Knee Surgery Overview

The knee joint is a large rotating hinge joint and joins the thigh bone (the femur) with the leg bone (the tibia). At the front of the knee joint lies the kneecap (the patella). The knee joint is a very stable joint and its stability is provided by very strong ligaments and by the surrounding muscles and the tendons. Between the articular surfaces of the femur and the tibia lie a pair of anti-friction shock absorbers called the menisci. The ends of each of the bones are covered with cartilage (hyaline articular cartilage).

Although the knee is a very stable joint it also has an excellent range of movement. The knee can be extended (fully straightened), flexed (bent) and slightly rotated on either side. It also has a special locking and unlocking mechanism in order to provide more stability particularly on standing and during walking.

The knee joint is a frequently injured joint and conditions affecting the joint range from degenerative conditions to trauma (injury). Injuries to the knee can damage the bony structures which result in intra-articular fractures or soft tissue injuries to the ligaments, the menisci or the articular cartilage.

Microscopic picture of hyaline articular cartilage

Microscopic picture of hyaline articular cartilage

The extent of damage to the bony or the soft tissue structures depends upon the force of the injury. Minor forces can lead to contusions, sprains and relatively undisplaced fractures. Higher degrees of force can lead to damage to one or more ligaments often associated with shock absorber damage and bony injuries.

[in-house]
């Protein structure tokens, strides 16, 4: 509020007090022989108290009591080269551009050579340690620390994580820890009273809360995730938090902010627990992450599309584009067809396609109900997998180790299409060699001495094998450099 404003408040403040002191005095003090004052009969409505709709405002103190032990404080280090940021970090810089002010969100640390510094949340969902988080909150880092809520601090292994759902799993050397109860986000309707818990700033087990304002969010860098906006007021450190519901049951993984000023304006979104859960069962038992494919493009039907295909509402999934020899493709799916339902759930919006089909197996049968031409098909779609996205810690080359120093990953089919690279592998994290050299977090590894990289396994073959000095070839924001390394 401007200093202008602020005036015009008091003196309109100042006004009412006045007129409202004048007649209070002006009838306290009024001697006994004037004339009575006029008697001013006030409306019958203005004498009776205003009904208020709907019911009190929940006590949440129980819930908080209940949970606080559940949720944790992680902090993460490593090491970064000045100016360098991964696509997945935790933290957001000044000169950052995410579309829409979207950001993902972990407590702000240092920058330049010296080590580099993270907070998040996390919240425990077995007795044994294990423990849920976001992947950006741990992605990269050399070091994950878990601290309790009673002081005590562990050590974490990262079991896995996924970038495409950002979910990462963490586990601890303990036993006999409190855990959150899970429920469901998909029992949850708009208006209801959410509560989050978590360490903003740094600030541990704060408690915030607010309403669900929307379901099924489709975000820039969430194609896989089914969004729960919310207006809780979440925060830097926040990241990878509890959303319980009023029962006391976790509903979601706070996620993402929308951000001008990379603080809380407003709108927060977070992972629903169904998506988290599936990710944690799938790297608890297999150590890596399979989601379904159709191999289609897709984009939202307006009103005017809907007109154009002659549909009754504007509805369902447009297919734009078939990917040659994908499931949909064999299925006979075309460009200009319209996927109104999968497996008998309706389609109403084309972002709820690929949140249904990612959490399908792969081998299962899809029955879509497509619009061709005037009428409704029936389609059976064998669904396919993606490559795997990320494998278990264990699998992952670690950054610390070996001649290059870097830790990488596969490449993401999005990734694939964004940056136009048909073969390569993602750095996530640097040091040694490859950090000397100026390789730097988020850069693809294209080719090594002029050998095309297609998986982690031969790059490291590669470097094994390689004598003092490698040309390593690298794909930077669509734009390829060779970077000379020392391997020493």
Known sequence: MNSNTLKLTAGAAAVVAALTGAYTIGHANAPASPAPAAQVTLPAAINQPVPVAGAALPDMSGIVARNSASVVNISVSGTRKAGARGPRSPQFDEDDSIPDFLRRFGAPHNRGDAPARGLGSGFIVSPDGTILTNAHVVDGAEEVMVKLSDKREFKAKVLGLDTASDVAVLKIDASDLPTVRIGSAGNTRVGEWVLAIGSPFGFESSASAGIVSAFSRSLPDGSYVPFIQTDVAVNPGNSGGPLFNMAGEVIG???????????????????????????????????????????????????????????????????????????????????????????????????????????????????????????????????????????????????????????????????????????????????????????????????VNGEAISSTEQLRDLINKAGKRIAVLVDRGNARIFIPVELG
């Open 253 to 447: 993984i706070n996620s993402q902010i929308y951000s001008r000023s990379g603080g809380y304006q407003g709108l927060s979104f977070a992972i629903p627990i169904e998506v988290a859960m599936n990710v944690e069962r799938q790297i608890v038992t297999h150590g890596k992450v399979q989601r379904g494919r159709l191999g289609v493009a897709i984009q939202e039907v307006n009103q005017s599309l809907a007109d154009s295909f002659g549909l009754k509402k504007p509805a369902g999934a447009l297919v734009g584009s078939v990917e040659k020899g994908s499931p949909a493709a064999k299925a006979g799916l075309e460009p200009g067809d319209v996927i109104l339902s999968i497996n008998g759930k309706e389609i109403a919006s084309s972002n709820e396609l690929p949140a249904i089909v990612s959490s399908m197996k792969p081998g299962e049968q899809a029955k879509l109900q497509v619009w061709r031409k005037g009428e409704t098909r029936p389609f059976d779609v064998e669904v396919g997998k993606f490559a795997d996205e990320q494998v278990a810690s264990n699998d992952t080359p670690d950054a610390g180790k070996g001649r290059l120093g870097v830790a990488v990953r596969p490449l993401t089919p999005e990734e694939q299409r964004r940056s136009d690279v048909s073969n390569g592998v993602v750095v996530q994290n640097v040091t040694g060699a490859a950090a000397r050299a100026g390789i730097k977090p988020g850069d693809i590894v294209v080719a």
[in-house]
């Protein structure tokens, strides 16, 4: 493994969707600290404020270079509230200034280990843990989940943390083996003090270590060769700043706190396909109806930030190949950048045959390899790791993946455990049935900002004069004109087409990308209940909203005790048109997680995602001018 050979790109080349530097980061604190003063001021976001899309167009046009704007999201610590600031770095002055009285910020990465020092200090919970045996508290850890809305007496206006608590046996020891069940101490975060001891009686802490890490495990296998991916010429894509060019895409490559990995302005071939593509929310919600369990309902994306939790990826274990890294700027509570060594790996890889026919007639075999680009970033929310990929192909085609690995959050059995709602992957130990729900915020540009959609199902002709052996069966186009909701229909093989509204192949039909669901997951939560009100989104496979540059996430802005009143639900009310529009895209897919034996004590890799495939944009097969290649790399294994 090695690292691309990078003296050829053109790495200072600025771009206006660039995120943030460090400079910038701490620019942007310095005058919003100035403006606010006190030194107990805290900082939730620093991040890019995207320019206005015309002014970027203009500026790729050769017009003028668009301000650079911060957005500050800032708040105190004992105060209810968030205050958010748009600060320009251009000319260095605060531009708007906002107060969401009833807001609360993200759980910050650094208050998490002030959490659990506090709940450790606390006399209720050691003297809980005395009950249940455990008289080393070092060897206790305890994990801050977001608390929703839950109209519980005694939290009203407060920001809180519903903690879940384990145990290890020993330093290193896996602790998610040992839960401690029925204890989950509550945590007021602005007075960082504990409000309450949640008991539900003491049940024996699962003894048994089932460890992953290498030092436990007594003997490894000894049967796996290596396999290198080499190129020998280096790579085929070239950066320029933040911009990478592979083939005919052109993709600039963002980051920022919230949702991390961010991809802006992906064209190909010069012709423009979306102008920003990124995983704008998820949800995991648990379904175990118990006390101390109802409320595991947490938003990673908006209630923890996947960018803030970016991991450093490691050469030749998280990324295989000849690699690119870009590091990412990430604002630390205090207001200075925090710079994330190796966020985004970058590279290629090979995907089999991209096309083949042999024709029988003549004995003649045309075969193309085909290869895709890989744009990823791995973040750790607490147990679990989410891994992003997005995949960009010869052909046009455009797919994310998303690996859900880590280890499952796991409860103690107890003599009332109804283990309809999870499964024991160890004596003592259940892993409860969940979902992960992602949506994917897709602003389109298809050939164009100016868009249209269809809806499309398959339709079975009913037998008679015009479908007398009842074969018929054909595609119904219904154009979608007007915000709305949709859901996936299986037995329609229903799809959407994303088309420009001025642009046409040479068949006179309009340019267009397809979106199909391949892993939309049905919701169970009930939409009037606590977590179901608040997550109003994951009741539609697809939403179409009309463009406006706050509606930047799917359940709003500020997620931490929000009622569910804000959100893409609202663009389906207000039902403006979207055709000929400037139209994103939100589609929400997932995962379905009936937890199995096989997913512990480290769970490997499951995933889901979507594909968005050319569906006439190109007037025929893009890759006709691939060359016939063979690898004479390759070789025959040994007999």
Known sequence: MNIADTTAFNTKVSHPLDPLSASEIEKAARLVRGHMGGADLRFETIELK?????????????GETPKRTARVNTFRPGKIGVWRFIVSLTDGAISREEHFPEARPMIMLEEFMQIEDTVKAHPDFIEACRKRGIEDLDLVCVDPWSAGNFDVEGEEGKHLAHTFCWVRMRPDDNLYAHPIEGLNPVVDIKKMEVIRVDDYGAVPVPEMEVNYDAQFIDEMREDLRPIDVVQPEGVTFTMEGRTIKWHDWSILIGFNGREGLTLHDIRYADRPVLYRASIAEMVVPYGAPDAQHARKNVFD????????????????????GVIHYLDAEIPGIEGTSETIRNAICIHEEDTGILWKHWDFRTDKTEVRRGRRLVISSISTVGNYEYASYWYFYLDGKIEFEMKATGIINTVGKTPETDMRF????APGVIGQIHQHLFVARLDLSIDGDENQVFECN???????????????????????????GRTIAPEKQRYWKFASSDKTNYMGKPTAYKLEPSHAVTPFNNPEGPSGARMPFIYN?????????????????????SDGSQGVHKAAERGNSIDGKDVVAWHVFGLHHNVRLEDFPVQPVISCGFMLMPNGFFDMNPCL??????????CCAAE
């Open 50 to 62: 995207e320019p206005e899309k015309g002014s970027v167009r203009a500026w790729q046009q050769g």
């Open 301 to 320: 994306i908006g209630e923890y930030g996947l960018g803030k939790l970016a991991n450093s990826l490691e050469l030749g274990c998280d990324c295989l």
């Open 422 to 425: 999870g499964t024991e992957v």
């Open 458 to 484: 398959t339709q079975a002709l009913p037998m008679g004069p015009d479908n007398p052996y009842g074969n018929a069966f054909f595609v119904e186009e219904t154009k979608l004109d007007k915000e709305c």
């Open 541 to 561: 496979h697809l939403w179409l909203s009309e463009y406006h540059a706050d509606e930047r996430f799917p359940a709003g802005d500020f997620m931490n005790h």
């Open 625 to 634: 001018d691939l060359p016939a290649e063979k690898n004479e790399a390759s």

Serious ligamentous injuries such as disruptions of the anterior cruciate ligament (ACL) or the posterior cruciate ligament (PCL) can be quite devastating particularly for the young athlete. Often reconstruction of such ligaments becomes mandatory not only to allow the individual to return to his normal sporting activity but also to prevent further and long term deterioration in the knee as a result of articular cartilage damage and meniscal degeneration.

Degenerative conditions of the knee are also quite common and often start around the 4th to 5th decades. A combination of non operative or operative techniques is useful in preventing the rapid degeneration in such joints but in late or end stage degenerative conditions (arthritis) joint replacement surgery may often be required.

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